Weight equals more momentum, which is basically the force an arrow will retain going through an animal. More momentum means more pass-throughs and fewer chances of arrow flight being altered too much from ribs etc. This is not to be confused with kinetic energy, which is the amount of energy an arrow has on impact.
Heavier arrows are also more wind-resistant than lighter arrows. And along with that, they absorb more energy on the shot, which translates into a quieter system.
The Downside of Heavy Arrows
While there are no doubt benefits to using a heavier arrow, there are also some drawbacks. The first is that heavier arrows are just slower. This gives arrow flight a much steeper trajectory. So, there is much less room for error when it comes to judging yardage.
This could spell trouble when that elk is a few yards farther than what you thought. For the multi-pin sight users, that also means larger gaps between pins, which makes pin gapping (aiming between pins for odd yardages) much more finicky. The result is less precision accuracy when pin gapping.
Light Hunting Arrows Equal Speed
On the flip side of things, slimming down arrow weight is becoming shinier by the day. Less arrow weight means more arrow speed, which translates into a flatter trajectory. So, it isn’t as critical to be pinpoint accurate with yardage estimates.
In hunting situations, this can be the difference between notching a tag and following a fruitless blood trail. Along with that, you’ll also be able to stretch the tape on your sight much farther. Even if one doesn’t plan on shooting an animal at a great distance, practicing far shots hones shooting skills and makes shorter shots seem even shorter.
And when those shots land at odd yardages, therein lies another benefit, particularly for multi-pin sight users. Your pin gapping will be much tighter in the sight housing, which means precision will increase when doing something like aiming between the 30 and 40 pins for a 35-yard shot.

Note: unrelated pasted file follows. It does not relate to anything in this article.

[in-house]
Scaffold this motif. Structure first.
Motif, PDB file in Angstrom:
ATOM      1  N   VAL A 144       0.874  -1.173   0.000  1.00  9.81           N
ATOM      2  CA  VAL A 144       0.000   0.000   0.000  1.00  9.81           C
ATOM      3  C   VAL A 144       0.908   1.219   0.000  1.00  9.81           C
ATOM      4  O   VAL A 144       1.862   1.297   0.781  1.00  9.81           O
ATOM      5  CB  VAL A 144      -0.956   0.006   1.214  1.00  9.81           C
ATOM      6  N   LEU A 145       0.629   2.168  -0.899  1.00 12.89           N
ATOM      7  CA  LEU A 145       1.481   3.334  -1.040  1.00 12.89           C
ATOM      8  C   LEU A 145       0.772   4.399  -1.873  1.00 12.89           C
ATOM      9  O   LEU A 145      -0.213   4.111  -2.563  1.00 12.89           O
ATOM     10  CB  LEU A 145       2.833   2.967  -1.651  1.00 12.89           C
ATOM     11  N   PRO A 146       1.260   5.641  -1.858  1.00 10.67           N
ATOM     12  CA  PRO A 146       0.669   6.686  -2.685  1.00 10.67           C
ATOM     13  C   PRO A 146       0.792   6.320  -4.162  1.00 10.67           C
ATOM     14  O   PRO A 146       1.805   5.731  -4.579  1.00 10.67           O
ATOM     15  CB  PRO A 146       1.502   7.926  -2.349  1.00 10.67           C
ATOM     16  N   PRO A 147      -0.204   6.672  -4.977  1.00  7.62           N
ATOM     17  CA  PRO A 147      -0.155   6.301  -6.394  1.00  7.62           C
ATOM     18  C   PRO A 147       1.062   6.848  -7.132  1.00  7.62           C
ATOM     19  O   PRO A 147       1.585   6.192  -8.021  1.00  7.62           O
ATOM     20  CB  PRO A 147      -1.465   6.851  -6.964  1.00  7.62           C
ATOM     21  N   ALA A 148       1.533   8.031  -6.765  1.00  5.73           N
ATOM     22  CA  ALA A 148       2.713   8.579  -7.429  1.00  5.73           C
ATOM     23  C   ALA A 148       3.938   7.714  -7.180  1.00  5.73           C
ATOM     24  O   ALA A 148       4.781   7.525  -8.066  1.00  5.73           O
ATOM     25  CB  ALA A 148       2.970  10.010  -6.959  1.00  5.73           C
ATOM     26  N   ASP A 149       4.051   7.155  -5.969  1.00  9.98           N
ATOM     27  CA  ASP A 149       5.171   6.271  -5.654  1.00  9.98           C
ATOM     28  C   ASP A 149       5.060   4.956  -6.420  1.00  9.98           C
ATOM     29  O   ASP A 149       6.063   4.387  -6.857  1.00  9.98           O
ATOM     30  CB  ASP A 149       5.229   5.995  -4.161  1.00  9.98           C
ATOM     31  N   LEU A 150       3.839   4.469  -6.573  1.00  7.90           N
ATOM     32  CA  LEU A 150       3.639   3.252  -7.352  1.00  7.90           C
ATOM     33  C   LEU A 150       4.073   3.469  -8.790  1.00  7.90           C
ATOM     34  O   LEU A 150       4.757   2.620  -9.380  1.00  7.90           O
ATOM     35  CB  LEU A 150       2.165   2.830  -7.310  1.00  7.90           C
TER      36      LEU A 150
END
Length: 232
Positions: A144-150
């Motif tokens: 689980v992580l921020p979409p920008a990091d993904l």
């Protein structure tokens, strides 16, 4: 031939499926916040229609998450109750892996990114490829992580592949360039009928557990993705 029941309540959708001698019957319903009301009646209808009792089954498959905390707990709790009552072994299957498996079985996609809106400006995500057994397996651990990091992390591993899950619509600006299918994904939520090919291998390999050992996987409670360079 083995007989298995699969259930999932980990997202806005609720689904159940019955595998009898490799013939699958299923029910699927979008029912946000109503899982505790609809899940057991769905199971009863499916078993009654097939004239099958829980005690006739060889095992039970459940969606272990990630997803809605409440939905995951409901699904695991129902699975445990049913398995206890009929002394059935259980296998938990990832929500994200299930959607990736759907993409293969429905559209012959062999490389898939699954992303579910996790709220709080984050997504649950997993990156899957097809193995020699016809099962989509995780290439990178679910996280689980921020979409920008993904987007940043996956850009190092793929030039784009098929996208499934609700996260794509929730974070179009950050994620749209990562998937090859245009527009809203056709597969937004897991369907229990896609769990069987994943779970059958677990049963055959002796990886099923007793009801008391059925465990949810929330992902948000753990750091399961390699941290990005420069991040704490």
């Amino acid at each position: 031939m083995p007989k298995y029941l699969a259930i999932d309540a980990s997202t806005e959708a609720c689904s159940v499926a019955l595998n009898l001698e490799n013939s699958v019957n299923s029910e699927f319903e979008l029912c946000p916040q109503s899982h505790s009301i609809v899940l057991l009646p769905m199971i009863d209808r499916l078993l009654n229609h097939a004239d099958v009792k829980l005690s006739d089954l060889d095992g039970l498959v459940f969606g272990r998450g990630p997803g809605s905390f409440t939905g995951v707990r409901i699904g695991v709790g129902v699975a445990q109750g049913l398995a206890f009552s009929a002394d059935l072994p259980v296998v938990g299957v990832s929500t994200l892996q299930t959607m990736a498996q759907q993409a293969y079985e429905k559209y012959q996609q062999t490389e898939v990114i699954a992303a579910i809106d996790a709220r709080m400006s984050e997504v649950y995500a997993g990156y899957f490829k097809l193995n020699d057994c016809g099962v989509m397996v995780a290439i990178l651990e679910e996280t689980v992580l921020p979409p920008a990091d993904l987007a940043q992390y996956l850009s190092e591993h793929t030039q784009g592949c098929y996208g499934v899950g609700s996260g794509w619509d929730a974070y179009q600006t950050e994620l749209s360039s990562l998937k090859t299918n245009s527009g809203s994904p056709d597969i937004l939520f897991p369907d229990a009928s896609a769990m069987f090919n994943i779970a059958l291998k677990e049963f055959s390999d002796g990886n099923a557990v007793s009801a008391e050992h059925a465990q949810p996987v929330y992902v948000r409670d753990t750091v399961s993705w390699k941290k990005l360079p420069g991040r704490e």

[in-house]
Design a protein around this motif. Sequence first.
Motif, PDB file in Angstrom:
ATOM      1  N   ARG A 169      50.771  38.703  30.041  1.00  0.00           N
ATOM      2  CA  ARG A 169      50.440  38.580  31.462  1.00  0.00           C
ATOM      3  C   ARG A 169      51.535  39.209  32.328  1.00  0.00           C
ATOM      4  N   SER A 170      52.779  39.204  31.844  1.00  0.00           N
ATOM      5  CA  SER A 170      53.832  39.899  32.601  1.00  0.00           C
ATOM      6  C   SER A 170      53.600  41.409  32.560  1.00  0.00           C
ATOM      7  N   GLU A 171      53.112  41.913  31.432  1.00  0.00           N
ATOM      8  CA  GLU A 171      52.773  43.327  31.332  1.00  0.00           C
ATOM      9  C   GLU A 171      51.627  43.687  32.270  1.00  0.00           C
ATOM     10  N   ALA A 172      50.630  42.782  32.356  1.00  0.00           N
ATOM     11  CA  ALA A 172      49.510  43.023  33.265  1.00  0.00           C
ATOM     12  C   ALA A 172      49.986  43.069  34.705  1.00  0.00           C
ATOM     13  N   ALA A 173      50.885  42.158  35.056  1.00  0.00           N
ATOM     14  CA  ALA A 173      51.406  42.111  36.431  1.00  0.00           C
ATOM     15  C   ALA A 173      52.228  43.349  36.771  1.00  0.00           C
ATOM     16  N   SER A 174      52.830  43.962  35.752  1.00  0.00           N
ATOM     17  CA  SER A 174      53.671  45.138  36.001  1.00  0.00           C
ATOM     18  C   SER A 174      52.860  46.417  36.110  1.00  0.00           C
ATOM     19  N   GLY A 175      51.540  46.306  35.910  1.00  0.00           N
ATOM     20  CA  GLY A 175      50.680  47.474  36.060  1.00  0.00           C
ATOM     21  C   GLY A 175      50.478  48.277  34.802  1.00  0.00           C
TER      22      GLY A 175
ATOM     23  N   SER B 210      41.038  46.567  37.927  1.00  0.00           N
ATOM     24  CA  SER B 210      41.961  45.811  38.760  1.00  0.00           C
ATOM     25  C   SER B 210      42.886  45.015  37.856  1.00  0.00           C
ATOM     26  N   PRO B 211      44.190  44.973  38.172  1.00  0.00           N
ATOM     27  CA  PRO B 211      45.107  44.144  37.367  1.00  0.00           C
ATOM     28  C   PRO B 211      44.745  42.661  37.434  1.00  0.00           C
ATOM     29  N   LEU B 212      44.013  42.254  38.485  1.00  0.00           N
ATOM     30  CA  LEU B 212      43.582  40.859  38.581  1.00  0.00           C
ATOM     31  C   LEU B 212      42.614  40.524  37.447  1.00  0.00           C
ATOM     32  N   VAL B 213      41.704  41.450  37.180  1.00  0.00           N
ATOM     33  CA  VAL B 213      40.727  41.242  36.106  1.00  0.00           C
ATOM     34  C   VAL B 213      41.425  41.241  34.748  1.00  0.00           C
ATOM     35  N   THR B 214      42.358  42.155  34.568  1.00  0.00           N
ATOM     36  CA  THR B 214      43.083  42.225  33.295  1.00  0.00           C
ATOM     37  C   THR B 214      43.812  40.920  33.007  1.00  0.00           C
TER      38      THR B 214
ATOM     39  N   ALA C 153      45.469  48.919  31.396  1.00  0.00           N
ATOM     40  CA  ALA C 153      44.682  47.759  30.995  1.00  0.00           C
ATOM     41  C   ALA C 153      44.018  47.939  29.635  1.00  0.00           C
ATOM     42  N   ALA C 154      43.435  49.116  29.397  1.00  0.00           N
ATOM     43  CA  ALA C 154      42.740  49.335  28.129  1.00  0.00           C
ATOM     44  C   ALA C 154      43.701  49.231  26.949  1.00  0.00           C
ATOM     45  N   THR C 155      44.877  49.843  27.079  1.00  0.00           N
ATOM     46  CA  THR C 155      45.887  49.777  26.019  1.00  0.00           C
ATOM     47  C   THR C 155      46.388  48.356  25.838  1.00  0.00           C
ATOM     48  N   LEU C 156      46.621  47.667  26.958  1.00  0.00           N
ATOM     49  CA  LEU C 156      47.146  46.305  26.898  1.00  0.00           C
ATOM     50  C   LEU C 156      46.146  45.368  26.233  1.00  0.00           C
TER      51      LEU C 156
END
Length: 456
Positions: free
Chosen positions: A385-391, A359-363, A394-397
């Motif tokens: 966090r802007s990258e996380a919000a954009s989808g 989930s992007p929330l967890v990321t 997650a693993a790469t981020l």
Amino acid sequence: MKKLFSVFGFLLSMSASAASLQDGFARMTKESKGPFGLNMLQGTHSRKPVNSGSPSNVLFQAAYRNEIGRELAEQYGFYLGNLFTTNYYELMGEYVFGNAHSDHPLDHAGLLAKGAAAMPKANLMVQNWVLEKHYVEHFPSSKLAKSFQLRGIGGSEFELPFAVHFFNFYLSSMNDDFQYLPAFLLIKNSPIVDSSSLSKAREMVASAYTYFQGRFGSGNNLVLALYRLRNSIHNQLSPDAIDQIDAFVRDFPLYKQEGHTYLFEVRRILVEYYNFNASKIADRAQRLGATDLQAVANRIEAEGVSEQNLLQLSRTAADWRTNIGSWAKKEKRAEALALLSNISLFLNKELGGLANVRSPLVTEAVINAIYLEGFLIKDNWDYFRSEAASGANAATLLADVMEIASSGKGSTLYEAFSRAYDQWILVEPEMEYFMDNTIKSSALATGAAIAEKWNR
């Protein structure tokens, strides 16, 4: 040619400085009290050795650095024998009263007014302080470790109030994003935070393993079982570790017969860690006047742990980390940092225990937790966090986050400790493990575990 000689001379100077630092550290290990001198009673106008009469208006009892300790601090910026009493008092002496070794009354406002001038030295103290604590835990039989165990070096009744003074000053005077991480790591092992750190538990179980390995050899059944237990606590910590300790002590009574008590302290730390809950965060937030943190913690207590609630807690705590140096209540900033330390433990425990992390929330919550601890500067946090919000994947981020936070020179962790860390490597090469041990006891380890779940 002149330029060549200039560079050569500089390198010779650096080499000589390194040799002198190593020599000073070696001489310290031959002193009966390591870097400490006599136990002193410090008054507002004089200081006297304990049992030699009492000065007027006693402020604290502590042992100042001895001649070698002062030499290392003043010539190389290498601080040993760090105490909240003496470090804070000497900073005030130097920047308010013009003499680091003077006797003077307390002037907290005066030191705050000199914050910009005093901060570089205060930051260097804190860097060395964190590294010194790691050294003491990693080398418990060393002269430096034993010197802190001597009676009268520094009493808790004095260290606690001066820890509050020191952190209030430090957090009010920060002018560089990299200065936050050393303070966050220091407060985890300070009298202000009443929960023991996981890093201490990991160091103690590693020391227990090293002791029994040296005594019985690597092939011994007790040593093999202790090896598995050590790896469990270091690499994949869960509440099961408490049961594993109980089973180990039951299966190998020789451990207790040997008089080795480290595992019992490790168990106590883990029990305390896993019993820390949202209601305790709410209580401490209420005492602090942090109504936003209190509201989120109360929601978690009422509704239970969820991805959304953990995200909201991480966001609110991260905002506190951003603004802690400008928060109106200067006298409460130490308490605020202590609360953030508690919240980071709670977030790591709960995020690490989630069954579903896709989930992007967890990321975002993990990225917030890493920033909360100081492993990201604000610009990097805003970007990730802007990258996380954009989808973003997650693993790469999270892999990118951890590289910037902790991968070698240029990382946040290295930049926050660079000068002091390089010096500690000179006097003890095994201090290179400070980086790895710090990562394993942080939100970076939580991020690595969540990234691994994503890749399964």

Cons of Lightweight Hunting Arrows
Less arrow weight does come at a cost, though. The first is giving up that momentum that we talked about. Lighter arrows don’t retain as much energy through an animal as heavier ones do. This could result in fewer pass-through shots and a higher likelihood that an arrow is thrown off course by, say a bone.
And on that note, a lighter arrow also doesn’t buck the wind as well. This is a potentially problematic situation in windy hunting conditions.
Then there is the shot. The moment of truth. When that arrow releases, it won’t nearly be as quiet as a heavier setup.
Lastly, durability seems to drop off the lighter an arrow is. So, if you miss or hit a bone, the chances of your arrow still being intact is slim.
Middle of the Road: A Hunting Arrow That’s Just Right
While you hold the wheel in terms of what arrow weight you’ll end up shooting, our opinion is this. Shoot a quality midweight type of arrow in relation to your setup overall.
I say this because a heavy/light arrow for one person might be a real heavy/light arrow for another based on their draw weight, draw length, etc.
By doing so, you’ll avoid many of the cons that come from the extremes on each end. It’s a best-of-all-worlds solution. There is one more thing, though, that is the most important to keep in mind.
Arrow Flight Is Everything
To cut to the chase, good arrow flight is way more critical than trying to shoot a heavy arrow or a light arrow.
There’s nothing wrong with having somewhat of a goal arrow weight in mind, but in the end, you need to shoot the arrow that is flying the best out of your setup. If your goal is 500 grains, but a 450-grain arrow is shooting lights out for you, it’d probably be wise to eat the 50 grains and go for accuracy and consistency.
Frequently Asked Questions
The arrow that is best for hunting is the one that you can be the most accurate with. With that said, we stand behind our top pick: the Victory VAP TKO. Check out our guides about broadheads and archery release aids to round out your kit. Both contain some great info to help you choose the right setup for what you’re hunting.
Arrow speeds between 250 fps and 300 fps are ideal for deer-sized game and larger animals.
The minimum arrow weight recommended for a 70# draw is 350 grains. So, any arrow 350 grains and above — with the proper length and spine — will do well with a 70# draw weight bow.
You can refer to our Buyer’s Guide above for a more in-depth look at this, but heavier arrows are going to, by design, retain more momentum after impact than a lighter arrow. On the flip side, heavier arrows will have a steeper arrow trajectory than lighter arrows, thus lacking forgiveness when it comes to yardage estimation.
In general, your arrow should be no shorter than the middle of your riser at full draw. Keep in mind though that with certain broadheads, this may not be possible. Larger profile broadheads might run into the riser on shorter arrows.